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Digestive enzyme inhibitors and storage pest resistance in cowpea (Vigna unguiculata) seeds

Summary

Amylase and trypsin inhibitors are proteins which inhibit digestive enzymes. The loss of the activity of these enzymes produces a reduction of starch and protein digestion. Amylase and trypsin inhibitor activity have been investigated in seeds of 20 cowpea lines in trying to establish their role in the storage pest resistance. A broad variation has been observed for both the inhibitors. Correlation analysis between inhibitor levels and extent of attack has shown that neither amylase nor trypsin inhibitors can separately explain the resistance to Callosobruchus maculatus (F.). Lines bruchid resistant in fact, have high levels of both inhibitors. Conversely lines with low levels of amylase and trypsin inhibitors are bruchid susceptible. The breeding for high contents of both amylase and trypsin inhibitors can be an effective way to obtain lines with resistance to storage pest.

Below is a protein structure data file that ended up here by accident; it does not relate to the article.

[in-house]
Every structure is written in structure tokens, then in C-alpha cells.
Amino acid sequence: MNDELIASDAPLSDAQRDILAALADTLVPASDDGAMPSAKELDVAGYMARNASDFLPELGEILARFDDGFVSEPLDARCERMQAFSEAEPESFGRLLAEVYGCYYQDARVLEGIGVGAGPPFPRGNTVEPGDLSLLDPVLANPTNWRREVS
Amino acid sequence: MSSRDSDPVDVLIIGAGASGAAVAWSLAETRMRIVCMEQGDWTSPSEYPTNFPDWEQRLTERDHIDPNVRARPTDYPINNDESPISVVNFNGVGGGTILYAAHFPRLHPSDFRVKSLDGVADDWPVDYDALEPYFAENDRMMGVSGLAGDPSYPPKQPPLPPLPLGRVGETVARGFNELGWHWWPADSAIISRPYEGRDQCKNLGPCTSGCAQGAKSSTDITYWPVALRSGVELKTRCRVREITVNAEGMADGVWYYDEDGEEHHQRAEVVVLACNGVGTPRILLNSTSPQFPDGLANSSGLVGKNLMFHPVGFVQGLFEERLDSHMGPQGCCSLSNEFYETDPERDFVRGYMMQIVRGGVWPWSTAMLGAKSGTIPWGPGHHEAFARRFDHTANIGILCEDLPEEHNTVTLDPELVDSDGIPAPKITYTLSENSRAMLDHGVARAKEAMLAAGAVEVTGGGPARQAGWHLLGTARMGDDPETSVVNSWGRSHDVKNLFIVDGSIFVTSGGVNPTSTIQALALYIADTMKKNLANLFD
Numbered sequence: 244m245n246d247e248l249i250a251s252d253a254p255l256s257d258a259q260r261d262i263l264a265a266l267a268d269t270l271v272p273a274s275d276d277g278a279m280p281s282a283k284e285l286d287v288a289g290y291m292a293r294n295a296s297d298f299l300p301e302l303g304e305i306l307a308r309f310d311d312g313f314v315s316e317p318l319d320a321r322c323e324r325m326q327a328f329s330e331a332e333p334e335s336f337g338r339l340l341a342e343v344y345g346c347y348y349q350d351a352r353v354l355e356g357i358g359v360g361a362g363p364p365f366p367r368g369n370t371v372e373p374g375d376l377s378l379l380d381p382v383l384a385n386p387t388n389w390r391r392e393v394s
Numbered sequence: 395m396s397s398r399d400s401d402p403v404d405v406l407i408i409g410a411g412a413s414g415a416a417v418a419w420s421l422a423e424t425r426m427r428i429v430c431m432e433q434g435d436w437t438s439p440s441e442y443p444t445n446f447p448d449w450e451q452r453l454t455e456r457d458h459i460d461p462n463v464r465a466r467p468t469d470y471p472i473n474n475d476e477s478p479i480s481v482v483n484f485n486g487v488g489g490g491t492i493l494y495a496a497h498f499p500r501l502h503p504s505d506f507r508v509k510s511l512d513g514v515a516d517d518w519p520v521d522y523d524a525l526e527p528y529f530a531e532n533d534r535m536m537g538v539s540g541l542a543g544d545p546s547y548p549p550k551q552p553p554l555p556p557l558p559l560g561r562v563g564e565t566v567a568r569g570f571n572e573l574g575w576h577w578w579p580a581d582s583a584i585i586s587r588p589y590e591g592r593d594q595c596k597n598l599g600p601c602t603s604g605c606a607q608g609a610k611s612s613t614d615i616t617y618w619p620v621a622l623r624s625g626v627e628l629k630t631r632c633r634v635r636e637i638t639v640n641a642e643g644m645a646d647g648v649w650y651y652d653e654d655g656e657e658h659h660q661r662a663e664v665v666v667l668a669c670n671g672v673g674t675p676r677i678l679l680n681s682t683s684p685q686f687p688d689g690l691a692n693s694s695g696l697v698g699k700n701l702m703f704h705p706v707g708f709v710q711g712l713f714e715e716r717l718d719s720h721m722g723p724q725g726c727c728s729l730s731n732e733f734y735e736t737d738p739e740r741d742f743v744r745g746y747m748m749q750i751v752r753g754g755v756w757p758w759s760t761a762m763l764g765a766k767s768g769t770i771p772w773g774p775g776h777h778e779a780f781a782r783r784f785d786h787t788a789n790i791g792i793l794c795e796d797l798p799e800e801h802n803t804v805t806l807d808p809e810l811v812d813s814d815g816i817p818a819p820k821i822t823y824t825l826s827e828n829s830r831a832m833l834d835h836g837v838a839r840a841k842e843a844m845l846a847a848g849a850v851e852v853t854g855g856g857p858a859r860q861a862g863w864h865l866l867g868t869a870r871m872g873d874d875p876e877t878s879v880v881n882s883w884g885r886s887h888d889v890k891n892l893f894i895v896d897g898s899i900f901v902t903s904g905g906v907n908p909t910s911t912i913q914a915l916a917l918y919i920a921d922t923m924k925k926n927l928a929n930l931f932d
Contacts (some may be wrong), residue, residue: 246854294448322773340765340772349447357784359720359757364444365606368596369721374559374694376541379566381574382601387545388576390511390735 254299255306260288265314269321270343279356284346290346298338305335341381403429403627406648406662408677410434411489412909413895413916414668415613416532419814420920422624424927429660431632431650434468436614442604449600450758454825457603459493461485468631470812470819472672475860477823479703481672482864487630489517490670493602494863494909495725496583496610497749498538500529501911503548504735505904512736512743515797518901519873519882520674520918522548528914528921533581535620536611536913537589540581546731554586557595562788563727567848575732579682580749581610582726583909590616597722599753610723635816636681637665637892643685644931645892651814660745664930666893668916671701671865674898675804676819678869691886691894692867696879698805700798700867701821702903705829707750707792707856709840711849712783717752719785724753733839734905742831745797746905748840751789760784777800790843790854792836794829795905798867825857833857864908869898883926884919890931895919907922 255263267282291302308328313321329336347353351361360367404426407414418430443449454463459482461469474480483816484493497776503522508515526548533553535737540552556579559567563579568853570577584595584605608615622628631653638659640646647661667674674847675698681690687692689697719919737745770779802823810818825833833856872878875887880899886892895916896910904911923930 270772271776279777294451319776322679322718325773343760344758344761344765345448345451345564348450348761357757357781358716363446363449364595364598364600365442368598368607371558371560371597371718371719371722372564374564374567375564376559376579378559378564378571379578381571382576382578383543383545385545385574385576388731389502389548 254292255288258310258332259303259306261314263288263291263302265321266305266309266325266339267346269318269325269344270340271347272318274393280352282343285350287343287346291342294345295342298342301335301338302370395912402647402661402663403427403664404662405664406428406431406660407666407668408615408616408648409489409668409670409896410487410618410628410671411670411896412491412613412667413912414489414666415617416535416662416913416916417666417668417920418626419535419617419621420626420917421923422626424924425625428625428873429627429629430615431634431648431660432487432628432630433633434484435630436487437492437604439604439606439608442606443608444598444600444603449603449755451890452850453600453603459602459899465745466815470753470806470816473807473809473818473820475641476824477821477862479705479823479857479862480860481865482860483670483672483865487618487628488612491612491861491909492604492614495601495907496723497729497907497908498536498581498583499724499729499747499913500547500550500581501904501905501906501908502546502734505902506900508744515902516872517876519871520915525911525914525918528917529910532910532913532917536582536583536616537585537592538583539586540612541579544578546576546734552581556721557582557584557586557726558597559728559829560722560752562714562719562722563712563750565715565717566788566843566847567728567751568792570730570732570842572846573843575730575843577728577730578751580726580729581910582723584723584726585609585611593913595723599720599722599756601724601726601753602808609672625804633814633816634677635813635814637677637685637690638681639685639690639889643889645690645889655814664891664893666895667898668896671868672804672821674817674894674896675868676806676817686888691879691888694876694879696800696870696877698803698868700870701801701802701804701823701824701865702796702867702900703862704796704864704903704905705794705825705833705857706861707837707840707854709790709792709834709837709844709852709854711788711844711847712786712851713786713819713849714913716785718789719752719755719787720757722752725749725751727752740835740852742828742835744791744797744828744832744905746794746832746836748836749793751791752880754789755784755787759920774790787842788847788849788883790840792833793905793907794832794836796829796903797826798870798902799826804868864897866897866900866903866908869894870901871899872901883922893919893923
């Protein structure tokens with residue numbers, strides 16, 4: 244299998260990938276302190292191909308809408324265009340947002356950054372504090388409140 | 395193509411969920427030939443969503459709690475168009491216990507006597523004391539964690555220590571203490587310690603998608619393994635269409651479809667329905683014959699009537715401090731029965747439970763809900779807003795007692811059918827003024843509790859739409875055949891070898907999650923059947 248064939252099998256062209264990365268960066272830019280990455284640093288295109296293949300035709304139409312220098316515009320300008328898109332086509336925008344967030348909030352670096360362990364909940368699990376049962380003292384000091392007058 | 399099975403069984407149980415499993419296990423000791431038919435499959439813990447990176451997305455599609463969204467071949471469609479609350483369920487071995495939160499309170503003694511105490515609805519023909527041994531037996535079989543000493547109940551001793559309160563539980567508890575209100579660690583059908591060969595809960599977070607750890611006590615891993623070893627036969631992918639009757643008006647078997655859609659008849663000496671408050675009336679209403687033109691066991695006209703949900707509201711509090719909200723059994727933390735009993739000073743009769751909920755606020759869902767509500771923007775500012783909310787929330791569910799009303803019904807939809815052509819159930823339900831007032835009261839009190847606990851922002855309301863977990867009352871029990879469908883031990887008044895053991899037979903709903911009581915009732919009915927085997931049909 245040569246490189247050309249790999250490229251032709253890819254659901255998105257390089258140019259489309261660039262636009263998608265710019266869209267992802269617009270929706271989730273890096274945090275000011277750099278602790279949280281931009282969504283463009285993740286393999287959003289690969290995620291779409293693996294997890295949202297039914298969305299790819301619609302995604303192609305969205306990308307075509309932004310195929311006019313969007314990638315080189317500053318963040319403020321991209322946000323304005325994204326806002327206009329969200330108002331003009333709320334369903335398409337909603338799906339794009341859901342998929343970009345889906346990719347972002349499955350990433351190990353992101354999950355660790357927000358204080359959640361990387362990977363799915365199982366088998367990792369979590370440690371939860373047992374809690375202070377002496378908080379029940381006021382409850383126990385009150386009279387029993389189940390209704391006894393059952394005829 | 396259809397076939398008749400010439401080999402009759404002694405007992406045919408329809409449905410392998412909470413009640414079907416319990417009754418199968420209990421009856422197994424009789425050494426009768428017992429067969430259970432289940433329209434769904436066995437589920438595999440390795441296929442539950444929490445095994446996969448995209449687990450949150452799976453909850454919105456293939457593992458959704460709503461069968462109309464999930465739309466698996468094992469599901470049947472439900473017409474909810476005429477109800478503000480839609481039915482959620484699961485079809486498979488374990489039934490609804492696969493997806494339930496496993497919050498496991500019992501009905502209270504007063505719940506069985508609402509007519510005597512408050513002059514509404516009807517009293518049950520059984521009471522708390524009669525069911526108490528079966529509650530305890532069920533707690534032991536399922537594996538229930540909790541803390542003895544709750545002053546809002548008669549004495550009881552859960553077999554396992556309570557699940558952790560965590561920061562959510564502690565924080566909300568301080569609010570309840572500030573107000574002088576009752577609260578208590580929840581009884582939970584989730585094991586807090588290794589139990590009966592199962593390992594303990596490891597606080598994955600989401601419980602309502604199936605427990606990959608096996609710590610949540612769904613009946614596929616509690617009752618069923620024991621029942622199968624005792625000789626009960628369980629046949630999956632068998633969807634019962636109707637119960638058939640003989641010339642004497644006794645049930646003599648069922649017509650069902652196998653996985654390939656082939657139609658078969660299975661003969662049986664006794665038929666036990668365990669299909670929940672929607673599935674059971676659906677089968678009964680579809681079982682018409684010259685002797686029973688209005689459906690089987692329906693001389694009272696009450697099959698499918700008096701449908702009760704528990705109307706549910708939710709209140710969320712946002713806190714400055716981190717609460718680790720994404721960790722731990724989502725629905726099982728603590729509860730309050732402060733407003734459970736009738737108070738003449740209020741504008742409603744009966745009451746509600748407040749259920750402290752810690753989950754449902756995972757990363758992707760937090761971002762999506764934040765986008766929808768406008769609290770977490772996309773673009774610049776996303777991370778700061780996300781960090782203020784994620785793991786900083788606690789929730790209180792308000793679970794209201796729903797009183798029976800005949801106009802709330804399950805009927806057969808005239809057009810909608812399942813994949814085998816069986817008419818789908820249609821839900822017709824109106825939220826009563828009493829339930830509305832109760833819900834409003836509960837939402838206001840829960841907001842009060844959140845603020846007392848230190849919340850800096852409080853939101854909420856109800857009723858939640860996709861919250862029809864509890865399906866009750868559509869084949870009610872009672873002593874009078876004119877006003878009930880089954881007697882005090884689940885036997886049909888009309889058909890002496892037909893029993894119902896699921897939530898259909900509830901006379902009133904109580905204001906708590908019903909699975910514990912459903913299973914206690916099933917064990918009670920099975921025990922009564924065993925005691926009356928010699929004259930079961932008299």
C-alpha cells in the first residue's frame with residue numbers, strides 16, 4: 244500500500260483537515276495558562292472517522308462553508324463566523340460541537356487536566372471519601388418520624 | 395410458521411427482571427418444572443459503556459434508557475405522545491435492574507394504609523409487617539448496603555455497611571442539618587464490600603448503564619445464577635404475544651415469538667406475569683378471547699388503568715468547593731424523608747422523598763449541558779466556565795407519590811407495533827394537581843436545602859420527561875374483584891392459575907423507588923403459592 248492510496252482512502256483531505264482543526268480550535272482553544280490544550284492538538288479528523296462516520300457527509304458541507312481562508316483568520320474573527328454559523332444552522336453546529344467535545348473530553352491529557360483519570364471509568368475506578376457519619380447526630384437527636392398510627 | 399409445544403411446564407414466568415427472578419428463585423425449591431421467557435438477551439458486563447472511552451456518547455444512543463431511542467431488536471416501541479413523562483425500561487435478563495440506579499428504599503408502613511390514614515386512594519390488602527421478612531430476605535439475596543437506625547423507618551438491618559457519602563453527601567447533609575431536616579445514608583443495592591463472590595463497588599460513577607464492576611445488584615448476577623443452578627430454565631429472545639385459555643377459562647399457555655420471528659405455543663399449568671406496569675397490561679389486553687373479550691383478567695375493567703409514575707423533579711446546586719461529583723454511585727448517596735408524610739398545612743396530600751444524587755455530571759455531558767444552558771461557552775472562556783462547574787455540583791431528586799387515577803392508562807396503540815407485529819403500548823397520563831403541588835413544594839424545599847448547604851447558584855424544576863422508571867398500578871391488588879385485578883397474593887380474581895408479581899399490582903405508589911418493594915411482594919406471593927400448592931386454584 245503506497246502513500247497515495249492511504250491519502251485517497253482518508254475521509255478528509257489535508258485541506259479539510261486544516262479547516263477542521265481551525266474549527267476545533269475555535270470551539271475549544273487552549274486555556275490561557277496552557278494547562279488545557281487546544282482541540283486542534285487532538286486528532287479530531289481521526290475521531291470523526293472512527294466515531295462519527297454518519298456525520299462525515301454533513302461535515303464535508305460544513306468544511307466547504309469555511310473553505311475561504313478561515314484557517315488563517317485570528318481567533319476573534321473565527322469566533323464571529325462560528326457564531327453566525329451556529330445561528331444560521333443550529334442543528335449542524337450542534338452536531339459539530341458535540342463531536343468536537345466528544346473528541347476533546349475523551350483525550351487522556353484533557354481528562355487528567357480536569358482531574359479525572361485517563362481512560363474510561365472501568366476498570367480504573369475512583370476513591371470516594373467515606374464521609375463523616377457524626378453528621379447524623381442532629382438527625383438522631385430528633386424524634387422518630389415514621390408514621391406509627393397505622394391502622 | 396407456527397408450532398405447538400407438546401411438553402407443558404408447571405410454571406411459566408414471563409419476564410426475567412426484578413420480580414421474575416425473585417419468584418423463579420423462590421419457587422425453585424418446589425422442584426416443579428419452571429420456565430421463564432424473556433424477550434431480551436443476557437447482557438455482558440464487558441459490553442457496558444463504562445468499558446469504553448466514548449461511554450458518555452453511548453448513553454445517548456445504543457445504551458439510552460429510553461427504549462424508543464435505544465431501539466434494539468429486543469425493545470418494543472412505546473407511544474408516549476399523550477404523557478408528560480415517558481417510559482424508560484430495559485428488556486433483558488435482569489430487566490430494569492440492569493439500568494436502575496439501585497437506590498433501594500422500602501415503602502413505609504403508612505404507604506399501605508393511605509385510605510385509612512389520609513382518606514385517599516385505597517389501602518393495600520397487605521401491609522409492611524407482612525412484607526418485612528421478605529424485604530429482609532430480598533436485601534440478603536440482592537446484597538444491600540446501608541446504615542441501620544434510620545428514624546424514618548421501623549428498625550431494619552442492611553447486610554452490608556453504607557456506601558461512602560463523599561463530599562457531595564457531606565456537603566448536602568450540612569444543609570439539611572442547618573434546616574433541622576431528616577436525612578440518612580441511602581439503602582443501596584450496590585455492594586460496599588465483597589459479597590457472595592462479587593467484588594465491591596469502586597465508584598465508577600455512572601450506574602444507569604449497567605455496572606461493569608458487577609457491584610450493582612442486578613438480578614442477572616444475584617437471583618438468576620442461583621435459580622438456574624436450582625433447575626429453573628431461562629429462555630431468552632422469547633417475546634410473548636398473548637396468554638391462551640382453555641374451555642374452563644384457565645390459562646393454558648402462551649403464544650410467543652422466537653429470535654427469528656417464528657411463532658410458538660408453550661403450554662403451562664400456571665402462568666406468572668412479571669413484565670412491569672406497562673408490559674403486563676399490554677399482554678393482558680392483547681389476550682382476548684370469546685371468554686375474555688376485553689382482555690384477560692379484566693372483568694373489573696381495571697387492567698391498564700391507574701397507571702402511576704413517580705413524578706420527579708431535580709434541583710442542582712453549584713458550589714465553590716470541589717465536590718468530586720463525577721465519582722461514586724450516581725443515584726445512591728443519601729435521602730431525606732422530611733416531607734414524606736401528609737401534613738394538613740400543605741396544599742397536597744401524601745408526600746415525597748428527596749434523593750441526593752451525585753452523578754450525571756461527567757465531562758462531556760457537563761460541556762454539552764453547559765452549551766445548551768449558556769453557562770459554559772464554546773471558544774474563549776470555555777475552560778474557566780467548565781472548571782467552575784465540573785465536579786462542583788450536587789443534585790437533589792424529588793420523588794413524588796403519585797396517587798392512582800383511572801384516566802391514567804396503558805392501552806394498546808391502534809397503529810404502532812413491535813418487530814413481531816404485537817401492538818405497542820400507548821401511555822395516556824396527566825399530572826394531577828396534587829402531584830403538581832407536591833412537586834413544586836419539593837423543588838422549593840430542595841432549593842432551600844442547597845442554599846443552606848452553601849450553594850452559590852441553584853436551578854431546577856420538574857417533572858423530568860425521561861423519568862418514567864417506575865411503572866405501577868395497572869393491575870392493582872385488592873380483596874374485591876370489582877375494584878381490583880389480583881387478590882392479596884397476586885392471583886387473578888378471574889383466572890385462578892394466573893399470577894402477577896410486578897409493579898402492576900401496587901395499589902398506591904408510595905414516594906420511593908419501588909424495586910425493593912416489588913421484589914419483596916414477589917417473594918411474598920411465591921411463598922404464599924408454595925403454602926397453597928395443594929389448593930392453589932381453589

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Piergiovanni, A.R., Sonnante, G., Gatta, C.D. et al. Digestive enzyme inhibitors and storage pest resistance in cowpea (Vigna unguiculata) seeds. Euphytica 54, 191–194 (1991). https://doi.org/10.1007/BF00039607

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Key words

  • Amylase inhibitors
  • breeding
  • Callosobruchus maculatus
  • cowpea genetic variation
  • resistance
  • trypsin inhibitors
  • Vigna unguiculata